Faith wear’s her hair in a style known as tête de mouton (or “sheep’s head”) and it was extremely popular in the 1750s. She, of course, has her hair powdered, through powder was not universally worn, despite what some people seem to think. Her underwear consists of stays and hoops. As with many of my forays into historical underwear, her undergarments won’t fit under all the dresses of this set. Her stays are based on Stays from the V&A Museum . These type of wide narrow hoops were usually used to support the wide skirted formal gowns of the 18th century, but Faith doesn’t have a formal gown on this page. Instead, she has a riding habit. Her riding habit is based on Riding Habit from the V&A museum dated between 1750 and 1759. Her small hat is a combination of a hat from the Met Museum and the hat in this portrait of Princess Marie-Thérèse-Louise de Savoie-Carignan which was sold at Christie’s.
The colors of her garments were, of course, influenced by the original riding habit, but also by the stomacher I showed above. I wanted a consistent color scheme across all these paper doll pages, for maximum mix and matching possibilities. Playability, a word I am not sure is a word, is something that I value very highly in my paper dolls. While I rarely cut them out and actually play with them, I like to think about how people would cut them out if they were going to do so.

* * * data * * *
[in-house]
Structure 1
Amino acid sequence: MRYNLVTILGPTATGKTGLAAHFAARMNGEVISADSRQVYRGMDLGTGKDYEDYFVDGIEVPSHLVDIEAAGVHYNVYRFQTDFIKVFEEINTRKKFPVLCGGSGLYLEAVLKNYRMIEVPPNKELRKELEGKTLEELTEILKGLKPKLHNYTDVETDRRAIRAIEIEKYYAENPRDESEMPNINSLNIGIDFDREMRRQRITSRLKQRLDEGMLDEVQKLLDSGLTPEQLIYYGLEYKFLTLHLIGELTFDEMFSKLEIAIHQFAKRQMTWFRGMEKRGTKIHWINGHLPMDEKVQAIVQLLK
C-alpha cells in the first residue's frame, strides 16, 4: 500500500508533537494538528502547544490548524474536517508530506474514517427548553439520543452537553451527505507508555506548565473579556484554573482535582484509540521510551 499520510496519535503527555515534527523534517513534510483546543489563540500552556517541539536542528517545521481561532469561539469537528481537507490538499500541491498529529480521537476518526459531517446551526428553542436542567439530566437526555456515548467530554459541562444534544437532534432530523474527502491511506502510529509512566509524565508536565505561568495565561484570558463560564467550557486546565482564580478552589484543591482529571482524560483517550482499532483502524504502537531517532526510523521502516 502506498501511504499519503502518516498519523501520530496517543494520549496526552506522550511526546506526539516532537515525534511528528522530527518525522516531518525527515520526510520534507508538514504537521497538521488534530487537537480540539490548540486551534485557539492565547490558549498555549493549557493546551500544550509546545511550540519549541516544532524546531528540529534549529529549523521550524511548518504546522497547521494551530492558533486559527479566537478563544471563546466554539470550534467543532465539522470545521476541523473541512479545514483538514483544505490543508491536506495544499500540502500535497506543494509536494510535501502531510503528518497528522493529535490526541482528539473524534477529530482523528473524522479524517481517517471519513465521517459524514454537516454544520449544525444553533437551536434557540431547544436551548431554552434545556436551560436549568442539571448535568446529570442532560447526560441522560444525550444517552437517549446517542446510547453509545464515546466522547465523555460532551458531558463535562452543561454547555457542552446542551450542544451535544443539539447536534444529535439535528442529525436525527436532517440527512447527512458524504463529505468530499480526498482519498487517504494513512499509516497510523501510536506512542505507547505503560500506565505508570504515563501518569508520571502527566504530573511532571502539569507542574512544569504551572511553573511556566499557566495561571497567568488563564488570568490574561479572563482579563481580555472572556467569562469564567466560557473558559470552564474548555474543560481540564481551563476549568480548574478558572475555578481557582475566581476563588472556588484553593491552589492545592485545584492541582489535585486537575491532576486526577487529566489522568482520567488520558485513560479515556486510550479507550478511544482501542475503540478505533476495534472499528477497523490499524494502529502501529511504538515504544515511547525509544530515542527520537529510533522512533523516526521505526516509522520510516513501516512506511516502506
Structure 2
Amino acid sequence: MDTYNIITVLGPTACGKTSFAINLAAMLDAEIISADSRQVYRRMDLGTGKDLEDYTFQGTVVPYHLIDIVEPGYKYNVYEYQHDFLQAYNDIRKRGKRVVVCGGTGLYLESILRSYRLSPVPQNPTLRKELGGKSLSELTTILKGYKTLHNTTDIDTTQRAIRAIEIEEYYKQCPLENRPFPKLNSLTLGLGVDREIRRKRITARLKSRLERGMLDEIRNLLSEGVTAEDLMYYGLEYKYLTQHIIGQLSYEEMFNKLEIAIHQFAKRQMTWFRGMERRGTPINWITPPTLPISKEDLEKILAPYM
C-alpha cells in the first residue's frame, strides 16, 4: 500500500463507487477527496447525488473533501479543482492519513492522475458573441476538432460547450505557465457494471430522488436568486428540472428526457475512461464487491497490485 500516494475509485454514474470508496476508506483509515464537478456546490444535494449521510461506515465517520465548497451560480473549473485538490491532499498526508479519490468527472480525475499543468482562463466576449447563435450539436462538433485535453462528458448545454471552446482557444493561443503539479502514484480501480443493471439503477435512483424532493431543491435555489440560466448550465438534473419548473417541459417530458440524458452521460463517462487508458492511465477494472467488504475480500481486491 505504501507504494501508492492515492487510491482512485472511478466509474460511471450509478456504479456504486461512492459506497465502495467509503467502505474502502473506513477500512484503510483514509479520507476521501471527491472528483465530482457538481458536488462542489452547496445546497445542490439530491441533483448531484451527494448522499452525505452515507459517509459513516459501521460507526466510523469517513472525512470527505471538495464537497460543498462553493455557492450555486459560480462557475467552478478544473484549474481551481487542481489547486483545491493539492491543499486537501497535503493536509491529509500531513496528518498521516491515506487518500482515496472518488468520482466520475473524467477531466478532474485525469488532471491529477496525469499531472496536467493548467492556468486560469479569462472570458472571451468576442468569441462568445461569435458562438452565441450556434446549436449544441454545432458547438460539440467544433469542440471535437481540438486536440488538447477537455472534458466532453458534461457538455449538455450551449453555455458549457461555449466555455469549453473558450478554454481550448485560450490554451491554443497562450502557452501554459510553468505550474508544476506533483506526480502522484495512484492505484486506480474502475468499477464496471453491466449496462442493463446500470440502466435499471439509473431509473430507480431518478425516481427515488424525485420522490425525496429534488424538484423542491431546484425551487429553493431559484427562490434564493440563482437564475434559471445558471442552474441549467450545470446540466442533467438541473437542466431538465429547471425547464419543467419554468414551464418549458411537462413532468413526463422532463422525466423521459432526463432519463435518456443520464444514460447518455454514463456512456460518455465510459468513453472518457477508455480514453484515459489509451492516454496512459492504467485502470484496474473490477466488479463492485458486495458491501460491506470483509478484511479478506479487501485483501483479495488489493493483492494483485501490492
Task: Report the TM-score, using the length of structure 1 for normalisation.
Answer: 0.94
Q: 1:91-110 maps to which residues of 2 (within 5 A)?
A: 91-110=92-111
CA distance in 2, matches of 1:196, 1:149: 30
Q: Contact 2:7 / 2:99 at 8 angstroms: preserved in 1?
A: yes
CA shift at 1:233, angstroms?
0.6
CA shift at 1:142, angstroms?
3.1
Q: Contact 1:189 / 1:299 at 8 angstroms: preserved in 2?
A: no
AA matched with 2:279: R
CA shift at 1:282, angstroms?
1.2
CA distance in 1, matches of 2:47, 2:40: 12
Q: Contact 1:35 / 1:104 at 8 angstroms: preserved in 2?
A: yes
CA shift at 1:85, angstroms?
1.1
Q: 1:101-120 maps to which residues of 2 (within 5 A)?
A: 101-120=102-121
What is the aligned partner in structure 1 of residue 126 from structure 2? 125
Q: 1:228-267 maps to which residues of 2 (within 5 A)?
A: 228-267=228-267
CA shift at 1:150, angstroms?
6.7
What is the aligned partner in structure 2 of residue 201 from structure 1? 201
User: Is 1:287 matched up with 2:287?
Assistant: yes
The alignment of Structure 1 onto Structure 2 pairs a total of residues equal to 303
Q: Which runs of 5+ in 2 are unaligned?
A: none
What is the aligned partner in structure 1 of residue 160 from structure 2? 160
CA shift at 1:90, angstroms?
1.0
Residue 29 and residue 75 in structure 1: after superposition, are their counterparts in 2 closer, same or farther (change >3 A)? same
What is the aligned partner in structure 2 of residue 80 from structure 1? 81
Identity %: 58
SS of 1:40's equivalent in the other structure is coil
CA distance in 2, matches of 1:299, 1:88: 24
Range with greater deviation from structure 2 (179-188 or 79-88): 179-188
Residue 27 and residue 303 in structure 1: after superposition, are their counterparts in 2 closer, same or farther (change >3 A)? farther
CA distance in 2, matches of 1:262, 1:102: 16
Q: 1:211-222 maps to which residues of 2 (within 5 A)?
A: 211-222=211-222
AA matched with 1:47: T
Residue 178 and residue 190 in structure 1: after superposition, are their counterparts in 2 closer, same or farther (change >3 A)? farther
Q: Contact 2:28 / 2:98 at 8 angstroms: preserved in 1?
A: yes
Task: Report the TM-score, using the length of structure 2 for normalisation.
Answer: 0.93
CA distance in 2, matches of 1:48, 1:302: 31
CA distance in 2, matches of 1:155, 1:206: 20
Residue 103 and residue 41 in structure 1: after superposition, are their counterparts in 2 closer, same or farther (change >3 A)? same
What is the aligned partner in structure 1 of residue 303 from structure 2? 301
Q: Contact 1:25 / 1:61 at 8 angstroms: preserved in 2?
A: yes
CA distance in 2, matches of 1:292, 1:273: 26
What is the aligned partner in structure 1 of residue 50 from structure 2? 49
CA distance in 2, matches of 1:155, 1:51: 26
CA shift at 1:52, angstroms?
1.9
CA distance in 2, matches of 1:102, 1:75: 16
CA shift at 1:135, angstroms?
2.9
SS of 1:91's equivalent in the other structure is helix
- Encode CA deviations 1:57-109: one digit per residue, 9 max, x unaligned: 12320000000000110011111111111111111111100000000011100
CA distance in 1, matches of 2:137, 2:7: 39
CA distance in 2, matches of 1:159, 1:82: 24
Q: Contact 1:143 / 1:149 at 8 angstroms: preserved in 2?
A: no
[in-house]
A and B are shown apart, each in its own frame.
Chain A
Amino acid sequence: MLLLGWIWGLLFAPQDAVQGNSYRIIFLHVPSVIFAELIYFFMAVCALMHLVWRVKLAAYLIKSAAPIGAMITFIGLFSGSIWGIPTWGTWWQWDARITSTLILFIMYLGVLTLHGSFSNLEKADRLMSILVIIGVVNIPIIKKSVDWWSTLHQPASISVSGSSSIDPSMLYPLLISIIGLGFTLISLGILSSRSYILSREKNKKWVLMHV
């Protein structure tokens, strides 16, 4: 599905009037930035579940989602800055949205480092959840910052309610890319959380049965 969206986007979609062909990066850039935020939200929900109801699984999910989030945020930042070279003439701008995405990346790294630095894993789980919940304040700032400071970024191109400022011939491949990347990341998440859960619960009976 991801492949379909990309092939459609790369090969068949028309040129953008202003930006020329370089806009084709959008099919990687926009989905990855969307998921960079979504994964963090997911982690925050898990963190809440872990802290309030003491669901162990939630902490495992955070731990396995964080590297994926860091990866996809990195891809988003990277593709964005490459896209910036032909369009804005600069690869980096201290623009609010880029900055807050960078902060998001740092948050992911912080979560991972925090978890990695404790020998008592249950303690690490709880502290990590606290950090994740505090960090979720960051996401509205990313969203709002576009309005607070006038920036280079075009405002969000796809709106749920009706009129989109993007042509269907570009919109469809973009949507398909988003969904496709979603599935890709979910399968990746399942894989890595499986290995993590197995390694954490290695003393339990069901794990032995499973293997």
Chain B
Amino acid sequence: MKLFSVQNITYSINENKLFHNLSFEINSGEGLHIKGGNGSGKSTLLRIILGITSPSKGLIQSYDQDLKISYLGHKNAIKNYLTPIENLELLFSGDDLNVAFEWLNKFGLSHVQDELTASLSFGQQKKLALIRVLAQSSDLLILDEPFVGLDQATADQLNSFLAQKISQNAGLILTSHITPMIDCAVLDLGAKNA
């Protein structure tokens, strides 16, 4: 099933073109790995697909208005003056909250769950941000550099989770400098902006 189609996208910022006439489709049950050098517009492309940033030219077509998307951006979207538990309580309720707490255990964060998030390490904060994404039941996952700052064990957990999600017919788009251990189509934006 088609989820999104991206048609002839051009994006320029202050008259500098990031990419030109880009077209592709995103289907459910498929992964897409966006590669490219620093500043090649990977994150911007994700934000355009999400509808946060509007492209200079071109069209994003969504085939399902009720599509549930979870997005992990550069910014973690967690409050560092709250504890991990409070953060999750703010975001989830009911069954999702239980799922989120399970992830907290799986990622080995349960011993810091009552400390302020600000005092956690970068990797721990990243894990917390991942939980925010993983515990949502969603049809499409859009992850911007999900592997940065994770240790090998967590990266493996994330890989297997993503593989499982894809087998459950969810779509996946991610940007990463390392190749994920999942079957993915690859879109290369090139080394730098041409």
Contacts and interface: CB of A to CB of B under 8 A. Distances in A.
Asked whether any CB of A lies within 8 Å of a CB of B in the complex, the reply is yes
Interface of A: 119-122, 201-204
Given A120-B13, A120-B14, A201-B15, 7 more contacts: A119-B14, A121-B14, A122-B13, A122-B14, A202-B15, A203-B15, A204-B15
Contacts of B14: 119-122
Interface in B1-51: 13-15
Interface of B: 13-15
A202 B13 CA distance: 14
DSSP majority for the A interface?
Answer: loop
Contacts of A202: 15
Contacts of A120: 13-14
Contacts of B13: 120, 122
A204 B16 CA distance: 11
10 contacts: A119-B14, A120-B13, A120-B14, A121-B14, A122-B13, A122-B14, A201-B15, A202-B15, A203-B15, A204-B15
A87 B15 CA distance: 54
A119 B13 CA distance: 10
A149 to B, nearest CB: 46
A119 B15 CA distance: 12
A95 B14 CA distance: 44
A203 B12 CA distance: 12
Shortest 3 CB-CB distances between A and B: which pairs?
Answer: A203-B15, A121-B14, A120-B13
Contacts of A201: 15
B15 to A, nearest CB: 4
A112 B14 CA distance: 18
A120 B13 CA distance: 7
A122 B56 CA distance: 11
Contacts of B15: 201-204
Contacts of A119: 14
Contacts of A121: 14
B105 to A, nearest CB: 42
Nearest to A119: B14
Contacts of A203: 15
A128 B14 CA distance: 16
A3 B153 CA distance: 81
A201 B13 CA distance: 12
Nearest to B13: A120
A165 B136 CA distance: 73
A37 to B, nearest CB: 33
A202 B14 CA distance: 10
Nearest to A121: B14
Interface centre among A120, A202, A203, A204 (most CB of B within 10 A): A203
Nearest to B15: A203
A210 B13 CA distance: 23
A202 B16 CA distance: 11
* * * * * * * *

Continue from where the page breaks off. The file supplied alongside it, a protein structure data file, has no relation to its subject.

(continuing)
Tune in next Friday for a page of dresses and then the next week a paper doll and then a page of dresses and then… well, you get the idea. 🙂
Summer in Alabama is probably my least favorite season. First of all, it is very hot and humid. Secondly, there are cockroaches. Thirdly, it rains in the afternoons, but the rain doesn’t actually cool anything down.
We are having a freakishly hot June. It’s been in the high 90s for the last week and it is not looking to cool down at all next week. I am miserable in this heat, but I suppose it could be worse.
Someone who is not miserable in the heat (or at least isn’t showing it) is Marisole in today’s colored version of Beautiful Boho. A big part of color selection for me is finding colors I wouldn’t normally think to combine. Part of this is instinct, but I borrow most of my color schemes from various sources around the internet and then alter them as needed. Design Seeds more muted palettes were what I used on this paper doll set. I wanted to use colors that felt like they were modern and came from nature.
I went back and forth about what to do about Marisole’s glasses in this set. Originally, I had them plain silver, but it just seemed so… well, plain. So, after some debate, I decided to make them a soft grey-teal color. It’s a color that shows up a lot in the paper doll set, but it is also fairly neutral. I also had a lot of fun painting her toe nails with her different sandals.
I don’t think I mentioned this last time, but the paper doll’s hair is based in part on the last hairstyle in this fantastic video of 100 years of black hairstyles 1910 to 2010. My only complaint about the video is that it ignores wigs which were commonly worn by black women, particularly 1940s through the 1960s. Never the less, it is a fascinating time-lapse piece.
Later this week there will be the first Flock post of 2015 (embarrassing but true).